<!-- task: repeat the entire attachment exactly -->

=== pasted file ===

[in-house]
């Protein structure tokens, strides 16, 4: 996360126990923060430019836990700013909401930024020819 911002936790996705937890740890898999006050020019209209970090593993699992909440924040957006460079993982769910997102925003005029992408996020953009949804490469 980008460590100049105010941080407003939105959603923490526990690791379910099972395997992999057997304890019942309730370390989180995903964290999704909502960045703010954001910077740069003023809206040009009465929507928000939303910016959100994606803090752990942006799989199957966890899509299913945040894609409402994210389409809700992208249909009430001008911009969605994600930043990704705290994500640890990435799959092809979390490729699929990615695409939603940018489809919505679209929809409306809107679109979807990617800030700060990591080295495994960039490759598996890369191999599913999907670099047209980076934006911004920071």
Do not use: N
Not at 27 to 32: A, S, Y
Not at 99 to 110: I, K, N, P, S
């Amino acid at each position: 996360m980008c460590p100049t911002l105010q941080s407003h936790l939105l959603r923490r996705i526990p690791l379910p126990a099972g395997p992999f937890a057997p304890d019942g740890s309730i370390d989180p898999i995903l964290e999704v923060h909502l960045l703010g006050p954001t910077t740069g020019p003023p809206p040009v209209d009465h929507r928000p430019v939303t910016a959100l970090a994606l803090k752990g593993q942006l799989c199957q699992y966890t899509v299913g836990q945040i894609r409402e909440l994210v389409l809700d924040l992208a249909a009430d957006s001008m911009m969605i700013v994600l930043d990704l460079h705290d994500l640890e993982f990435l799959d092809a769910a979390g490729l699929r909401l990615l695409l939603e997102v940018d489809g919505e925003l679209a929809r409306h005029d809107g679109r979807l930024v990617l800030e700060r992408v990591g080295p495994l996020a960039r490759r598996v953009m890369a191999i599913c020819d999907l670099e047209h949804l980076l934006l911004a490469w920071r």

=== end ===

[in-house]
């Protein structure tokens, strides 16, 4: 996360126990923060430019836990700013909401930024020819 911002936790996705937890740890898999006050020019209209970090593993699992909440924040957006460079993982769910997102925003005029992408996020953009949804490469 980008460590100049105010941080407003939105959603923490526990690791379910099972395997992999057997304890019942309730370390989180995903964290999704909502960045703010954001910077740069003023809206040009009465929507928000939303910016959100994606803090752990942006799989199957966890899509299913945040894609409402994210389409809700992208249909009430001008911009969605994600930043990704705290994500640890990435799959092809979390490729699929990615695409939603940018489809919505679209929809409306809107679109979807990617800030700060990591080295495994960039490759598996890369191999599913999907670099047209980076934006911004920071």
Do not use: N
Not at 27 to 32: A, S, Y
Not at 99 to 110: I, K, N, P, S
């Amino acid at each position: 996360m980008c460590p100049t911002l105010q941080s407003h936790l939105l959603r923490r996705i526990p690791l379910p126990a099972g395997p992999f937890a057997p304890d019942g740890s309730i370390d989180p898999i995903l964290e999704v923060h909502l960045l703010g006050p954001t910077t740069g020019p003023p809206p040009v209209d009465h929507r928000p430019v939303t910016a959100l970090a994606l803090k752990g593993q942006l799989c199957q699992y966890t899509v299913g836990q945040i894609r409402e909440l994210v389409l809700d924040l992208a249909a009430d957006s001008m911009m969605i700013v994600l930043d990704l460079h705290d994500l640890e993982f990435l799959d092809a769910a979390g490729l699929r909401l990615l695409l939603e997102v940018d489809g919505e925003l679209a929809r409306h005029d809107g679109r979807l930024v990617l800030e700060r992408v990591g080295p495994l996020a960039r490759r598996v953009m890369a191999i599913c020819d999907l670099e047209h949804l980076l934006l911004a490469w920071r």